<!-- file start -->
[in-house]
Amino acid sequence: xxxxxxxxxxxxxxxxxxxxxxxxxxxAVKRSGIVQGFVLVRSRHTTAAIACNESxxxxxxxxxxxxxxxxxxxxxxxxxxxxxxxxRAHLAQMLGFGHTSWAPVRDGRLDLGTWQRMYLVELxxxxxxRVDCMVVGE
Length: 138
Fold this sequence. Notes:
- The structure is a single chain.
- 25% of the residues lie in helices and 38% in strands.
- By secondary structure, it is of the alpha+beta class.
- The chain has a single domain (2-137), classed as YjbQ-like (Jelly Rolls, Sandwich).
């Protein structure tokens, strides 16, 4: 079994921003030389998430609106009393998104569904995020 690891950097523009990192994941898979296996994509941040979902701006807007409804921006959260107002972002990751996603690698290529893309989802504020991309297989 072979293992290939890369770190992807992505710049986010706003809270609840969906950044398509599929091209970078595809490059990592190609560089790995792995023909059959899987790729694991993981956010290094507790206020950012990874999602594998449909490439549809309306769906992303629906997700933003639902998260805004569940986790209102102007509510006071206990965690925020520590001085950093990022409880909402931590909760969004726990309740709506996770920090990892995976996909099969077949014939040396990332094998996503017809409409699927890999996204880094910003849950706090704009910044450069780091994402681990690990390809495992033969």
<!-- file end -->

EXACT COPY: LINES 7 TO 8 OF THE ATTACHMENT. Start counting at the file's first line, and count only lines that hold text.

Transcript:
- By secondary structure, it is of the alpha+beta class.
- The chain has a single domain (2-137), classed as YjbQ-like (Jelly Rolls, Sandwich).